A Word On Food: Garlic Sunshine

Nov 16, 2013

What do you do with a word like aïoli the first time you see it in print?  If you don’t grow up versed in languages containing umlauts, It’s confusing for sure. Maybe I resisted learning much more until I started cooking and I discovered how good a word with an umlaut could taste! The first time I made an aïoli I was in Key West, not sunny Provence from whence she likely shone first. But the sun connected us through the gypsy medium of garlic!

I was working at a little restaurant called “The Port of Call.” There in the port town of Key West I was making my first wave of seafood soups following the recipes of Fernand Point, Escoffier, Carême and an upstart French born gent but now living in America, and doing very well, named Jacques Pépin. The soups had names that included bouillabaisse, cotriade, bourride and the like. Bouillabaisse actually calls for aïoli’s cousin, rouille, but the bourride and cotriade were meant to dance with aïoli.

I bought a cookbook by the great Richard Olney and followed his simple, but firm, instructions to the letter. That led me to buy my first mortar and pestle. Then I got to work until I mastered that lusty sauce!

Aïoli is the conjoining of two words, ail meaning “garlic” and oli representing the olive oil. Egg yolks and a splash of lemon juice complete this sauce along with fresh squeezed lemon, salt, and a twist or three of pepper.

My most cherished experience with the sauce christened aïoli came at the home of Lulu Peyraud in the town of Bandol in France, also a port town halfway between Marseilles and Toulon. There, at her vineyard home, the famous octogenarian was the muse to folks like Richard Olney and Alice Waters, the venerated American proprietor of “Chez Panisse” restaurant in Berkeley, California.   

Lulu (as she insisted we call her) served us a simple seafood soup much like a bouillabaisse with a small bowl of aïoli on the side for each of us. We drank the wines her family made; Domaine Tempier. She sat next to me and flirted I think. I was temporarily speechles as I beheld the amazing day God was granting me in France with Lulu and all of us so charmed by her, by Provence!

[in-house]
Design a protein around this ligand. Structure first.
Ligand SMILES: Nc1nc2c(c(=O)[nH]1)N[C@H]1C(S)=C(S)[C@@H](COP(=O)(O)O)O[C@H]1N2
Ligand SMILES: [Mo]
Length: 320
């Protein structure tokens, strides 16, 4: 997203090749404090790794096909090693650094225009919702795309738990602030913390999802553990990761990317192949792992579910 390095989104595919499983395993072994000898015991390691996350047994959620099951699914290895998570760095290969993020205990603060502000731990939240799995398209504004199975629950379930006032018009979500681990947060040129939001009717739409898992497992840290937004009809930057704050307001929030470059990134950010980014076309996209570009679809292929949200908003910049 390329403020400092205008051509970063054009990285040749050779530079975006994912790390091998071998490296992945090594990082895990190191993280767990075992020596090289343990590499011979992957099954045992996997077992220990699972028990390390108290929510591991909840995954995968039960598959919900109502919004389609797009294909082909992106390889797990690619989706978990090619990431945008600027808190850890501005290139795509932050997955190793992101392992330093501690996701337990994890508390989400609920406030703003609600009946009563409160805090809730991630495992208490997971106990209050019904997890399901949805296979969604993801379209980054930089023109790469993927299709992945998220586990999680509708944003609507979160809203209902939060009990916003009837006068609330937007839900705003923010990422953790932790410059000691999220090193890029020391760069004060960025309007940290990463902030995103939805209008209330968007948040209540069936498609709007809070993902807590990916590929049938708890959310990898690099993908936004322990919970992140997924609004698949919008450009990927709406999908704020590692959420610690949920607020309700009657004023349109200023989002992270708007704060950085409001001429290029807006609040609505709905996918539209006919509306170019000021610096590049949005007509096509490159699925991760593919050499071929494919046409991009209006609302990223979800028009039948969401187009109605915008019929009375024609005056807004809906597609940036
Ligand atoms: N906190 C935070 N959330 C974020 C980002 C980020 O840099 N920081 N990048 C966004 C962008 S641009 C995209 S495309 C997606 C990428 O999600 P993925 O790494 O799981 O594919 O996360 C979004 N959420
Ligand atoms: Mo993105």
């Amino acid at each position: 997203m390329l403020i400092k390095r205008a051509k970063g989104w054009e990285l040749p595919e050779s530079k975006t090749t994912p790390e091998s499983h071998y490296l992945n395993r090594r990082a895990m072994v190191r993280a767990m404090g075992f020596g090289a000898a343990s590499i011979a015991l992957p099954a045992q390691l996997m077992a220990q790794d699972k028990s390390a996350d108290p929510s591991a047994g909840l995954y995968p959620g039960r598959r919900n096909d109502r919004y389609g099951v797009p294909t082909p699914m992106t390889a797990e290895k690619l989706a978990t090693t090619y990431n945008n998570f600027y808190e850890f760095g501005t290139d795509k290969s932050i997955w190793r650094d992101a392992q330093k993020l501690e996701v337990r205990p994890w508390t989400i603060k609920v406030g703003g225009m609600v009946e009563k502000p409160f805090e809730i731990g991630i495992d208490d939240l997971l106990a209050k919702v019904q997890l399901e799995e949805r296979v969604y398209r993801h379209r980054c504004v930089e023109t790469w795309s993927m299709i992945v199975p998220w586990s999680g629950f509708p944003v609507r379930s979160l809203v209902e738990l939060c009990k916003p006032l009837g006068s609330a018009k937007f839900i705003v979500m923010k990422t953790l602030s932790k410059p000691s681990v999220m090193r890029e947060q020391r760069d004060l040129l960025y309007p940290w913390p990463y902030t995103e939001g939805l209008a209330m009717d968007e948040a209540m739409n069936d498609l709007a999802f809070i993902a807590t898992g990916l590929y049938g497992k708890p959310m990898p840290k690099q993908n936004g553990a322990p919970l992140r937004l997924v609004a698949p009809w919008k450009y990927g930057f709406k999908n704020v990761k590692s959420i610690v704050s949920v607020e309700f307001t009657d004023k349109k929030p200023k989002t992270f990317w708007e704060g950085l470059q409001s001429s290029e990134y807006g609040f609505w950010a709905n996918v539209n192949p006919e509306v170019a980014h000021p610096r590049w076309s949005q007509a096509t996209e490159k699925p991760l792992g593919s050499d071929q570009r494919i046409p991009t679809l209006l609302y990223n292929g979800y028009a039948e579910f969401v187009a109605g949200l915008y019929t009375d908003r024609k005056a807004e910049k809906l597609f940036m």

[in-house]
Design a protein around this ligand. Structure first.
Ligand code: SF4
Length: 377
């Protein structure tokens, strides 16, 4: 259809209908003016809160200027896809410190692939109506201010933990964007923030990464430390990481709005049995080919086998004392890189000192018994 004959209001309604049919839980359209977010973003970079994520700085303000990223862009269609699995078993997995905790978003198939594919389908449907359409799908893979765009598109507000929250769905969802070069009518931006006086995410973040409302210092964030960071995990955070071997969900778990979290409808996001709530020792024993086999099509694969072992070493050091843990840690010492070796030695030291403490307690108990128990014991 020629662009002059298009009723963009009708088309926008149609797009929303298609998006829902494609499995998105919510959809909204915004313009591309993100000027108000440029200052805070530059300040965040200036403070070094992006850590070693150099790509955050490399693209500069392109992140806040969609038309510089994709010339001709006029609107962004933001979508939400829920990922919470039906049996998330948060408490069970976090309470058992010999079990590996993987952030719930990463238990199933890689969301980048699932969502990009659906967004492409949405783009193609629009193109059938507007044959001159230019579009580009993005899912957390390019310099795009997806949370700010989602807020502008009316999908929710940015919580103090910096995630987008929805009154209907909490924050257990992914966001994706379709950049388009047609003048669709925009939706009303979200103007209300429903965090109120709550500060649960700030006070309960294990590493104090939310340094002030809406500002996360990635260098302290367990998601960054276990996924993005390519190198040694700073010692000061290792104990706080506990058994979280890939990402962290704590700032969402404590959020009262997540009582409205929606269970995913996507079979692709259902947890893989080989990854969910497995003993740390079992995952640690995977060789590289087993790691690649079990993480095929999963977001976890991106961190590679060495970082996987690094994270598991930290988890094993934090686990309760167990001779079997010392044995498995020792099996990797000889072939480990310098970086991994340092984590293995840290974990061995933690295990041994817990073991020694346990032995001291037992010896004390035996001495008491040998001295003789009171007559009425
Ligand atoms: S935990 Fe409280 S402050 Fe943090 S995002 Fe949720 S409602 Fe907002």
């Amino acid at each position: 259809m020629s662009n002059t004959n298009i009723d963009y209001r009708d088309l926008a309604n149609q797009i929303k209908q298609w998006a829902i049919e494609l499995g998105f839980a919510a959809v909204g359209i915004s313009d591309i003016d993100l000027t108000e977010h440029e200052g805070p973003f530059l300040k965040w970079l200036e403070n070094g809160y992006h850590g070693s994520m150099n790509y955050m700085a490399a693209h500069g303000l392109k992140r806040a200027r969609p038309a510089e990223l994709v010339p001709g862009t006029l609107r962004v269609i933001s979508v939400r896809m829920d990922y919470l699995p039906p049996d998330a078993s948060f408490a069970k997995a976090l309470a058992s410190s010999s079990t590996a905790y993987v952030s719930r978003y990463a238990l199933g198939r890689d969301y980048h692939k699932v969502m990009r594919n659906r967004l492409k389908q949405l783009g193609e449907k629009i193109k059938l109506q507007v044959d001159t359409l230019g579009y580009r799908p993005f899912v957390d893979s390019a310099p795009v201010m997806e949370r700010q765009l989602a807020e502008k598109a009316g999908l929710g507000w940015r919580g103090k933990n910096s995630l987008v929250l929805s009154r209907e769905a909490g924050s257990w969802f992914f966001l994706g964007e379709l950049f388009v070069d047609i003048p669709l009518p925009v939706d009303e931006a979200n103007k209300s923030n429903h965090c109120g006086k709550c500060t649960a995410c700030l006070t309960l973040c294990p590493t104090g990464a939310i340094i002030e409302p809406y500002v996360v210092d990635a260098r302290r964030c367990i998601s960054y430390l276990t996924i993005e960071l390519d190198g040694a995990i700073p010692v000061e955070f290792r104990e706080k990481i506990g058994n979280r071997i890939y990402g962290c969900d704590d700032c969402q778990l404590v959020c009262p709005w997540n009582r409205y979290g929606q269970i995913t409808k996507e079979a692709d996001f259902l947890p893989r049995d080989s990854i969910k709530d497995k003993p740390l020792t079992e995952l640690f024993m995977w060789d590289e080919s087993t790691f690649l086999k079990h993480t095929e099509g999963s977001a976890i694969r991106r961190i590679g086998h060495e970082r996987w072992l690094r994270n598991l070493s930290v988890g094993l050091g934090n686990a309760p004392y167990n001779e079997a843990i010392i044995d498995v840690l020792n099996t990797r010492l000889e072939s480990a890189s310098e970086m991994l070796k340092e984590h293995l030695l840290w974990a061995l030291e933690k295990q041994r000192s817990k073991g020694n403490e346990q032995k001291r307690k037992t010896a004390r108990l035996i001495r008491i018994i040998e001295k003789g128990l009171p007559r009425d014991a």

Marcel Boulestin said, “It is not really an exaggeration to say that peace and happiness begin, geographically, where garlic is used in cooking.” If a little garlic makes you happy aïoli will have you on the way to delirious, my friends. And speaking of friends, collect only those who love garlic. Who needs the reproach of those whose senses are  uncharged by the magic of garlic?

With aïoli we enter a land that the writer John Lanchester describes as one that evokes “a widening of life’s sensuous possibilities, the addition of an extra few notes at either end of one’s emotional keyboard, a set of new stops on the church organ of the psyche, an expansion of every cell of one’s sensory paraphernalia, a new rapprochement between body, mind and spirit; that land which is also an idea, a medium, a métier, a program, an education, a philosophy, a cuisine, a word: Provence.”

Wow! I like a person who gets into it! All right fellas. I’m ready to get up and do my thing.

Like-a Like-a Like-a Sex Machine! Oops. That would be James Brown’s version of getting into it.

I digress.

We cannot deny that Provence is the birthplace of aïoli. But it travels well. Bring on the aïoli and get in a garlicky good mood. Lulu would want it so.

So would James Brown. 



This can be made the classic way in a mortar and pestle manner as well. This is admittedly easier!

Yield: 2 2/3 Cups

2 Egg yolks

2 ½ Tablespoon roasted garlic, mashed

1 Cup extra-virgin olive oil

1 ½ Tablespoons fresh lemon juice

Water as needed

Kosher salt and pepper to taste


Place the egg yolks in the small bowl of a food processor or mixer and blend together. Add the roasted garlic and combine. Slowly add the olive oil. As the emulsion thickens, add the lemon juice a few drops at a time until all the oil and juice are incorporated. Season with salt and pepper and add as much of the water as is needed to thin the consistency to that of mayonnaise.